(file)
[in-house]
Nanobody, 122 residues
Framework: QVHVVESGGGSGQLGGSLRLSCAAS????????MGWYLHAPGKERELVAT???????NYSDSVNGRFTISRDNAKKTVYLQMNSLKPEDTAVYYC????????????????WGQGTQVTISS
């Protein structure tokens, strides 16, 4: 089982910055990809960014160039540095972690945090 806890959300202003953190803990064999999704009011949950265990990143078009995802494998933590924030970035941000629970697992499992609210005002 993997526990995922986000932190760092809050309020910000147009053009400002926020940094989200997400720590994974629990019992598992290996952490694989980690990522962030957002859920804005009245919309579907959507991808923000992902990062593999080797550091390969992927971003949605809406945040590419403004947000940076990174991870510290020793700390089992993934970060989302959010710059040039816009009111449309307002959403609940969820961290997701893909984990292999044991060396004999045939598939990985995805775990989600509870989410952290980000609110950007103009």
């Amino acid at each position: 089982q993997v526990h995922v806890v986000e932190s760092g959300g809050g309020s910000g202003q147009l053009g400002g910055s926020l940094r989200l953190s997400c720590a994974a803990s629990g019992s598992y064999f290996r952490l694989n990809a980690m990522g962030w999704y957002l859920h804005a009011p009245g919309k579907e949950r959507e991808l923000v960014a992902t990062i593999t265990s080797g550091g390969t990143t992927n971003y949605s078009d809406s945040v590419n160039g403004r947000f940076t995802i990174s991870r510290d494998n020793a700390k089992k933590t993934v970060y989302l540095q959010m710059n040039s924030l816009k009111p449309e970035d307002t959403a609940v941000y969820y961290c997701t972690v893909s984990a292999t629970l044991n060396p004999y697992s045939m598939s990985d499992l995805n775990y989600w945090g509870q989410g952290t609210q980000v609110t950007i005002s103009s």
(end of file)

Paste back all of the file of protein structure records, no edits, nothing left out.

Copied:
[in-house]
Nanobody, 122 residues
Framework: QVHVVESGGGSGQLGGSLRLSCAAS????????MGWYLHAPGKERELVAT???????NYSDSVNGRFTISRDNAKKTVYLQMNSLKPEDTAVYYC????????????????WGQGTQVTISS
């Protein structure tokens, strides 16, 4: 089982910055990809960014160039540095972690945090 806890959300202003953190803990064999999704009011949950265990990143078009995802494998933590924030970035941000629970697992499992609210005002 993997526990995922986000932190760092809050309020910000147009053009400002926020940094989200997400720590994974629990019992598992290996952490694989980690990522962030957002859920804005009245919309579907959507991808923000992902990062593999080797550091390969992927971003949605809406945040590419403004947000940076990174991870510290020793700390089992993934970060989302959010710059040039816009009111449309307002959403609940969820961290997701893909984990292999044991060396004999045939598939990985995805775990989600509870989410952290980000609110950007103009």
């Amino acid at each position: 089982q993997v526990h995922v806890v986000e932190s760092g959300g809050g309020s910000g202003q147009l053009g400002g910055s926020l940094r989200l953190s997400c720590a994974a803990s629990g019992s598992y064999f290996r952490l694989n990809a980690m990522g962030w999704y957002l859920h804005a009011p009245g919309k579907e949950r959507e991808l923000v960014a992902t990062i593999t265990s080797g550091g390969t990143t992927n971003y949605s078009d809406s945040v590419n160039g403004r947000f940076t995802i990174s991870r510290d494998n020793a700390k089992k933590t993934v970060y989302l540095q959010m710059n040039s924030l816009k009111p449309e970035d307002t959403a609940v941000y969820y961290c997701t972690v893909s984990a292999t629970l044991n060396p004999y697992s045939m598939s990985d499992l995805n775990y989600w945090g509870q989410g952290t609210q980000v609110t950007i005002s103009s």